The justice system has revealed over the years that it has improved; but still encompasses flaws that require reconstruction of sentencing regulations. Perhaps relocating a juvenile to an adult prison is not the appropriate path to educate nor to rehabilitate a juvenile. In the case of T.J Parsell, an article featured in The New York Times, he claims that on his first day in prison as a juvenile, he was drugged, gang raped and turned into sexual chattel (Slotnik, 2012). In what circumstances does it make it right for a juvenile to intake this type of violence? It is unfortunate that this is common in the prison system, but I disagree that a juvenile should be sent to adult prison regardless of their crime. Their punishment should be fulfilled in a juvenile system, where their age, size (proportion of body weight), or crime is not discriminative. In an adult prison, juveniles are more likely to be targets of violence and constant manipulation by experienced offenders; which becomes not only a burden but also a disadvantage to the individual.
Intellectual development of a juvenile differs tremendously to that of an adult cognitive thinking, life experience, self-knowledge, and growth of a juvenile lacks to that of an experienced adult. “At the time I was sent to prison, for robbing a Fotomat with a toy gun, I was still a boy- physically, cognitively, social and emotionally - and ill equipped to respond to the sexualized coercion of older, more experienced convicts” (Slotnik, 2012). As Mr. Parsell reflects among his experience in adult prison, reality is, that juveniles are still considered “children”, their behaviors may be deviant to society but essentially they do not comprehend or interpret similar conceptions of life compared to an adult. It is a matter of re-analyzing the situation and the outcomes it will for set in their future. Furthermore, a defect with this regulation in sentencing juveniles to adult prison is the ability to learn new methods of intellectual “street” knowledge and the simple concept of violence. This encourages innovative violence and continuous deviant behavior, preparing delinquents to become chronic and experienced offenders.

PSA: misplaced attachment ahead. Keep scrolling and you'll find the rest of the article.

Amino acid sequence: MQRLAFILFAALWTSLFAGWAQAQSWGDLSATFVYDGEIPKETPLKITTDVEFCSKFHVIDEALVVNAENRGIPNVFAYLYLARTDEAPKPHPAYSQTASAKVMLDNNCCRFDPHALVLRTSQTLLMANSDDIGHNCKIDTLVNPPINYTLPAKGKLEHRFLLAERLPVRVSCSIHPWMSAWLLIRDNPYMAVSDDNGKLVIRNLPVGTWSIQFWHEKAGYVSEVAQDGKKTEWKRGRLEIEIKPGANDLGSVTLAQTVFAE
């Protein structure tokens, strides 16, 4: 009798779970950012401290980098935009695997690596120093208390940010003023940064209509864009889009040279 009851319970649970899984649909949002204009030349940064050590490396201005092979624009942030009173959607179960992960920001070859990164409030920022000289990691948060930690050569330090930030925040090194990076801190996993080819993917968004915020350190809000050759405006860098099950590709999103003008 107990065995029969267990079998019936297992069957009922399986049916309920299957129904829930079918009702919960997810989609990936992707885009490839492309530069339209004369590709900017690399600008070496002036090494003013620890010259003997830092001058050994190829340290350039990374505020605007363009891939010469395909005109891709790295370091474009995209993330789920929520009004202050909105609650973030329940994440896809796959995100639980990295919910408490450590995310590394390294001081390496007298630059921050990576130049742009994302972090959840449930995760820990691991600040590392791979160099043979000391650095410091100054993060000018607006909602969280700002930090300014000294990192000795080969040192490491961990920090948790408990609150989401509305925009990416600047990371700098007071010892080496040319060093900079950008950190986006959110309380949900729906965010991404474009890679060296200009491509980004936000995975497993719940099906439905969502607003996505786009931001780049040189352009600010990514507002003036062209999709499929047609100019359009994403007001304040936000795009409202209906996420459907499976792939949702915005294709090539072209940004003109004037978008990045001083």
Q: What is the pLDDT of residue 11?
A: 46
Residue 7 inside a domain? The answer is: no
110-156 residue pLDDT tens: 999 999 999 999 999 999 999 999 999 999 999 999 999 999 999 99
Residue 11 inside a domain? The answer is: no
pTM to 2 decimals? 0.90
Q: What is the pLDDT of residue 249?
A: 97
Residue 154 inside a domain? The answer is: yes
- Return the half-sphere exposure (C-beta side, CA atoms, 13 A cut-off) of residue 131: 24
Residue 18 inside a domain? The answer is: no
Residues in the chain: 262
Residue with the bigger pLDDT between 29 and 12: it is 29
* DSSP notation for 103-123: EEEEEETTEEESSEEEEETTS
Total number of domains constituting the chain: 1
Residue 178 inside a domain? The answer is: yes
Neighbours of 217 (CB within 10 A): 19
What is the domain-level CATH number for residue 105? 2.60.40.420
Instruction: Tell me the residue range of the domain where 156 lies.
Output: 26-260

The purpose of a judicial hearing for juveniles in an adult court is to deter and prevent their deviant behaviors from reoccurring. In most cases this is not accurate. Members of congress argue that sentencing juveniles to adult prison has not indicated successful turnouts. Instead juveniles appreciate the opportunity of gaining knowledge from other experienced convicts; allowing them to be precise and skilled in their behavior. An act of interpersonal knowledge which is communicated by reassurance is measured to be the most qualified skilled of interpretation.
Over time, juvenile regulations become further harsh and severe in the justice system. “Pennsylvania prisons have nearly a quarter of the nation’s approximately 2,100 teen lifers because state sentencing laws give judges only two options for anyone convicted of first-degree murder: a death sentence or life in prison without parole” (Dale, 2012). This was issued in the news article titled, Pa. man, sentenced to life as teen, seeks release, which demonstrates the veracity of juvenile justice in our current world. According to The New York Times, data indicates that Pennsylvania is the top state to obligate juveniles to serve a life sentence without parole for certain crimes regardless of age; 444 are serving life without parole, 18 of those lifers are between the ages of 13-14 years old, and an estimate of 25% of juveniles will never get to appreciate or understand the quality of life ("Sentencing juveniles," 2011). Sentencing regulations can be inconvenient to the justice system and a potential danger to society. Education and rehabilitation must be the first method of transitioning juveniles back to society, disregarding those juveniles who do not seek change. We should be able to differentiate juveniles from adults, regardless of their intentions to commit the crime. Society should open an opportunity of second chances.
Dale, M. (2012, 07 02). Pa. man, sentenced to life as teen, seeks release Deseret News ,
Sentencing juveniles (2011, 04 20). The New York Times , Retrieved from
Slotnik, D. E. (2012, 06 08). When should juvenile offenders receive life sentences?. The
New York Times , Retrieved from